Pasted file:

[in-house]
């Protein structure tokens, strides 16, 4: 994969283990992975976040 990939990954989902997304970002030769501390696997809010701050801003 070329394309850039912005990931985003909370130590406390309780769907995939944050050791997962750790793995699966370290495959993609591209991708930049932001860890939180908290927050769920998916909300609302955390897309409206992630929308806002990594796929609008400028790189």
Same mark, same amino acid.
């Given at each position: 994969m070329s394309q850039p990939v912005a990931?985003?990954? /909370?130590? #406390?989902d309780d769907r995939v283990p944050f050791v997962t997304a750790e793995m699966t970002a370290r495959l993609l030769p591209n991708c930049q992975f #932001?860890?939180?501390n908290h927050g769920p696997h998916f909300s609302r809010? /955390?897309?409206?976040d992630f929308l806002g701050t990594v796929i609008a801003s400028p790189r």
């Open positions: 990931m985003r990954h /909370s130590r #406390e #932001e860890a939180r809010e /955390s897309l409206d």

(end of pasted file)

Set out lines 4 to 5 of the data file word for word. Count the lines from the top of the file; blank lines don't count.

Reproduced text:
């Given at each position: 994969m070329s394309q850039p990939v912005a990931?985003?990954? /909370?130590? #406390?989902d309780d769907r995939v283990p944050f050791v997962t997304a750790e793995m699966t970002a370290r495959l993609l030769p591209n991708c930049q992975f #932001?860890?939180?501390n908290h927050g769920p696997h998916f909300s609302r809010? /955390?897309?409206?976040d992630f929308l806002g701050t990594v796929i609008a801003s400028p790189r």
């Open positions: 990931m985003r990954h /909370s130590r #406390e #932001e860890a939180r809010e /955390s897309l409206d």